So how do cause marketers get men into the cause marketing tent, how do we get them to act and how do we know when their involved?

The answers are intriguing and in some cases suggests new entres into the psyches of men when it comes to cause marketing.

The CSIC study asked, “How men first get involved with a cause?”

  •     Talking to others about it 39%
  •     Donating money 38%
  •     Learning more about the issue and its impact 35%
  •     Signing a petition for the cause 25%
  •     Donating personal items (clothes, points, hair, etc) 23%
  •     Buying products/services from companies who support the cause 14%

One of the conclusions that Swenson draws is that the best way to get to men is to ask them to do something. That’s probably sound. Men and boys bond with each other by doing stuff together. It’s likely they will best bond with a cause in similar ways. Although the CSIC study also demonstrates that men are as willing to practice checkbook philanthropy as they are to support a cause by doing.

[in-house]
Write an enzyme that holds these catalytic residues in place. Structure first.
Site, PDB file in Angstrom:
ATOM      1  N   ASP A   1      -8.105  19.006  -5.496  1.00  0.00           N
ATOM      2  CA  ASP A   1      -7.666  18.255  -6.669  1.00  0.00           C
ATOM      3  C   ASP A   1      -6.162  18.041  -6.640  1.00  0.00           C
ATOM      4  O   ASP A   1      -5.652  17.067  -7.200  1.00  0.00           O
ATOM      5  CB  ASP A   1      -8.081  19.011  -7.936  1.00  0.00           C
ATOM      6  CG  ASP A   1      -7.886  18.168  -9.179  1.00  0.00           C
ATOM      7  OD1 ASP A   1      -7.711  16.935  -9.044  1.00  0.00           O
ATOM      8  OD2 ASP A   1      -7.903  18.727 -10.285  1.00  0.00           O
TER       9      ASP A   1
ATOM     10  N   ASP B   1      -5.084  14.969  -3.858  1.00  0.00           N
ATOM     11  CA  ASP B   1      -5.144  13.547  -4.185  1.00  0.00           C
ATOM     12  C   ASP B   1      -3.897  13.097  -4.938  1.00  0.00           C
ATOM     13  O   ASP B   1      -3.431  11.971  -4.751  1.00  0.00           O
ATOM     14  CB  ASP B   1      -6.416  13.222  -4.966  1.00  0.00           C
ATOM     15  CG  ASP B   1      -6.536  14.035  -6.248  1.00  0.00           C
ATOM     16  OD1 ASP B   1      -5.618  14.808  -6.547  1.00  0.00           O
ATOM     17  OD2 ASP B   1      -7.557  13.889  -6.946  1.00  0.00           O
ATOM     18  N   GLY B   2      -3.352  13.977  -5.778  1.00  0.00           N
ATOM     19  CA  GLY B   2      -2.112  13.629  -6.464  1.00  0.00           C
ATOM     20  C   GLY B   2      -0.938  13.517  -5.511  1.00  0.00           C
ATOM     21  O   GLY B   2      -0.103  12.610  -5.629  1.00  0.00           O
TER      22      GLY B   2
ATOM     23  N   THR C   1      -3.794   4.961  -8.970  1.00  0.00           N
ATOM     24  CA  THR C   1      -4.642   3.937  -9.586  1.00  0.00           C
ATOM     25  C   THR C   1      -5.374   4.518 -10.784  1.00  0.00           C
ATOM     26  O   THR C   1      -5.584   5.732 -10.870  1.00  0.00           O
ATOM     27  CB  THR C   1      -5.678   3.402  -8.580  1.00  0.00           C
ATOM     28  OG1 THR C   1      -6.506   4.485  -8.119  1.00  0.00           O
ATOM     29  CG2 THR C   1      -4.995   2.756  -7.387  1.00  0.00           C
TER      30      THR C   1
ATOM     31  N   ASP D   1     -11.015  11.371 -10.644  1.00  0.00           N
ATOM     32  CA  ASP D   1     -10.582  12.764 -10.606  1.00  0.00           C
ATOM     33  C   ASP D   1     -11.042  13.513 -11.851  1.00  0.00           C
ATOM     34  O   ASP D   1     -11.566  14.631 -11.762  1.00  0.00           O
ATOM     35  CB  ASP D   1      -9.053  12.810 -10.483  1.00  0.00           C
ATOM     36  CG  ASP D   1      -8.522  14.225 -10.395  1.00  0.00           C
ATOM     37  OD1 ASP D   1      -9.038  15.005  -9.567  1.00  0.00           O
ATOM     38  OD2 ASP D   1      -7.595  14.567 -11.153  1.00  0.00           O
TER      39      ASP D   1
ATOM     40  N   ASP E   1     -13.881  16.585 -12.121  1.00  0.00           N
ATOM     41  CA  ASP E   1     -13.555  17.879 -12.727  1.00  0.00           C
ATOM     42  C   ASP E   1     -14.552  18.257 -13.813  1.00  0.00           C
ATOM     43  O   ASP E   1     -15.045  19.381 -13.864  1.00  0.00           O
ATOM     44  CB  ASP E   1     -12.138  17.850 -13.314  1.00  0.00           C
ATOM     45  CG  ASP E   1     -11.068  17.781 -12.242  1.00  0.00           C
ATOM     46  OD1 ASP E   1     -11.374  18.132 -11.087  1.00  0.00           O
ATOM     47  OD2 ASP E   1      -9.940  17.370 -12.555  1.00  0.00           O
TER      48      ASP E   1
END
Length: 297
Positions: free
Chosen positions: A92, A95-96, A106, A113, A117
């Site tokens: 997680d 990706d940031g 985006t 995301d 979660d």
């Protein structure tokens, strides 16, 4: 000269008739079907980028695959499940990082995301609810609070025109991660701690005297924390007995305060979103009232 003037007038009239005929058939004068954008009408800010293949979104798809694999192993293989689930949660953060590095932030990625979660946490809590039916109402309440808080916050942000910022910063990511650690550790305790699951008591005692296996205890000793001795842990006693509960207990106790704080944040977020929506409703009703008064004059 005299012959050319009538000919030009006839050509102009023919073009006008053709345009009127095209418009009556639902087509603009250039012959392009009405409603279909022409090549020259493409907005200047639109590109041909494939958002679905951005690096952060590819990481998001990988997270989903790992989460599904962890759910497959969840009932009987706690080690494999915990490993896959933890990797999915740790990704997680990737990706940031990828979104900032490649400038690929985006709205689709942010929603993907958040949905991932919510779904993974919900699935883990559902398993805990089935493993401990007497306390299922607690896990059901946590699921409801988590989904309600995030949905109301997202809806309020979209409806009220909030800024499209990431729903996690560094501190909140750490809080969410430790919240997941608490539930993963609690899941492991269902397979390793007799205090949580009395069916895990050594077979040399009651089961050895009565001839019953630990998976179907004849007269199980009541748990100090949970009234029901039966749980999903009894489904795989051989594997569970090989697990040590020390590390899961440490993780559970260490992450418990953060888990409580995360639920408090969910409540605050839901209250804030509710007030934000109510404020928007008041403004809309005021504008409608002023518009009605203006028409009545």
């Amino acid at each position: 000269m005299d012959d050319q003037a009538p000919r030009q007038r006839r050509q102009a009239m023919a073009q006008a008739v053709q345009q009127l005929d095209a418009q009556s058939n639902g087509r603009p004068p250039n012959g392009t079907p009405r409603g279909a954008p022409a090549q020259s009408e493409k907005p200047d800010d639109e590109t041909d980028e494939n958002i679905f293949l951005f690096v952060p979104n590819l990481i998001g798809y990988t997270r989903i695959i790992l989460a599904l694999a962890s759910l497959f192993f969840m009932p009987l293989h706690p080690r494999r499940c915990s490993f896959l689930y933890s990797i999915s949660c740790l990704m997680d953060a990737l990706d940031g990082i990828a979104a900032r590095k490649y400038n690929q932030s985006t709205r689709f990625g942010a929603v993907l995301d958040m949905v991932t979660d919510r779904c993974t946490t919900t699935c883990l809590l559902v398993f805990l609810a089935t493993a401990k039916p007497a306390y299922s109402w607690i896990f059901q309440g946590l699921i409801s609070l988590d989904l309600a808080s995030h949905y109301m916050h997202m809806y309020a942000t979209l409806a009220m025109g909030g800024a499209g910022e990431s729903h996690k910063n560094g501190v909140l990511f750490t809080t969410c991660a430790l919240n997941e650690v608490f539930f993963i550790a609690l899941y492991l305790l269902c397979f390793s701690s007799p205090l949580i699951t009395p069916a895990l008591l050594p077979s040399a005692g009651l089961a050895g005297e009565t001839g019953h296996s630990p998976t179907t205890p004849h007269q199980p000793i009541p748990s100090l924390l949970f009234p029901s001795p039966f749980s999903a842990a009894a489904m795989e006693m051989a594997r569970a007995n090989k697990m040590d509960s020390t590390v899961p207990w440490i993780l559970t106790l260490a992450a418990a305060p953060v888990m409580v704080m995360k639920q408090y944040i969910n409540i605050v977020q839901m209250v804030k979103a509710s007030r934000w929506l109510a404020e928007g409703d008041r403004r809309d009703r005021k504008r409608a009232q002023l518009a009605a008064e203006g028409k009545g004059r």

If cause marketers are serious about targeting men, they need a better understanding of what men are about when it comes to supporting causes.

Cause-Related Marketing does a world of good. Causerelatedmarketing.biz is dedicated to highlighting and dissecting the best and the worst cause-related marketing promotions and campaigns.
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Making Your Cause Marketing Promotion Clear and Understandable

In the fall of 2012 the New York Attorney General’s office released Five Best Practices for Transparent Cause Marketing. The first one was “clearly describe the promotion.” We might assume that the AG was speaking only to marketers with malintent (to use the neologism). But being clear and understandable can also be a problem for marketers with good intent too.